Robots are a fun and educational learning tool for children of any age. Whether you want to build a cool toy with early elementary school children or develop a basic understanding of technology with slightly older grade school students, there is a range of difficulty and complexity levels with robot projects.
Robots from Recyclables
Young children can exercise their imagination by choosing any variety of household items to create a robot. Cereal boxes, potato chip cans, toilet paper rolls, aluminum foil, Slinky-type toys, buttons, bottle caps, and empty milk jugs or juice bottles are just a few examples of household supplies kids can use. Attach arms, legs and a head onto a body using glue, tape or metal brads. To give the robot a metallic appearance, help the child wrap all pieces with aluminum foil or paint the whole thing silver before drawing on facial features and other decorative details. Robots can be made small enough to carry around or large enough to wear as a costume, as little kids absolutely love to play dress-up.
If you want to create a robot that is slightly more advanced, with controllable battery-operated movements, buying a kit is the best way to go. Kits will take your robot project to a whole new level, and will provide you with all necessary parts, including mini motors, battery cases, wires and remote controls. Typically, you will need to supply your own batteries.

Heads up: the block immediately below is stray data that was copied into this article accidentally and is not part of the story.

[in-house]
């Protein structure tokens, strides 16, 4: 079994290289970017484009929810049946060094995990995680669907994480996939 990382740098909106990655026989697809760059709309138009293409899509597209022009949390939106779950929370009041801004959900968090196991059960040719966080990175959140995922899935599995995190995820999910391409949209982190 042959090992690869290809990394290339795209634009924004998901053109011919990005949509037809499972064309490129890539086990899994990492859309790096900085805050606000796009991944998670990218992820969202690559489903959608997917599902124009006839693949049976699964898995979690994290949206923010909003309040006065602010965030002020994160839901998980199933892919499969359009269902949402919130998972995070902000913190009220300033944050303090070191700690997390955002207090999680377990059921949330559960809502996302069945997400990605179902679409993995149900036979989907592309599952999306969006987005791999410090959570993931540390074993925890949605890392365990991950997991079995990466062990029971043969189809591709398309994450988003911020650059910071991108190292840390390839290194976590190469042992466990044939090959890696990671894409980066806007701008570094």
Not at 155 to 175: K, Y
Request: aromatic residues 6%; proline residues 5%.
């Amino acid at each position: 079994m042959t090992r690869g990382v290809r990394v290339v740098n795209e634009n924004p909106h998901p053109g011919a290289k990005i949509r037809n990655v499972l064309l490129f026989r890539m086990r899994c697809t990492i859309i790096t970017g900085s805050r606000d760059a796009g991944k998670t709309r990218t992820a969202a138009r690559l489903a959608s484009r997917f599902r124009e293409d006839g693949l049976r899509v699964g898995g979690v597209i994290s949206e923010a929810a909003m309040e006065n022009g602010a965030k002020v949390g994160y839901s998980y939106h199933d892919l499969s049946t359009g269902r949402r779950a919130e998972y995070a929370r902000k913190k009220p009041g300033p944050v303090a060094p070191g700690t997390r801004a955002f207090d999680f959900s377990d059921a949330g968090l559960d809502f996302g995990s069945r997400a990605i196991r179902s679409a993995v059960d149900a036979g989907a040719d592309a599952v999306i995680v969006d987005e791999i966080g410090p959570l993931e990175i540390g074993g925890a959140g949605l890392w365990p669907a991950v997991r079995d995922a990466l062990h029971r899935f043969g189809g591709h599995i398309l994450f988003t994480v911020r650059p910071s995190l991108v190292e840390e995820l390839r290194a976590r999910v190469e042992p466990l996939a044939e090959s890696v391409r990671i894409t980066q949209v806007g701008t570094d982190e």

Robots from Common Construction Toys
Construction toys are excellent materials to use for building robots, and allow more room for imagination than the above-mentioned robot kits because of the products' endless possibilities. Robot kits are available for purchase from a variety of construction toy companies, designed for a wide variety of age groups. Combining these kits with the associated software and activity pack (sold separately), children will develop their skills in math, science and technology, and even be introduced to the world of programming in a fun and exciting way.
robot image by Paul Moore from Fotolia.com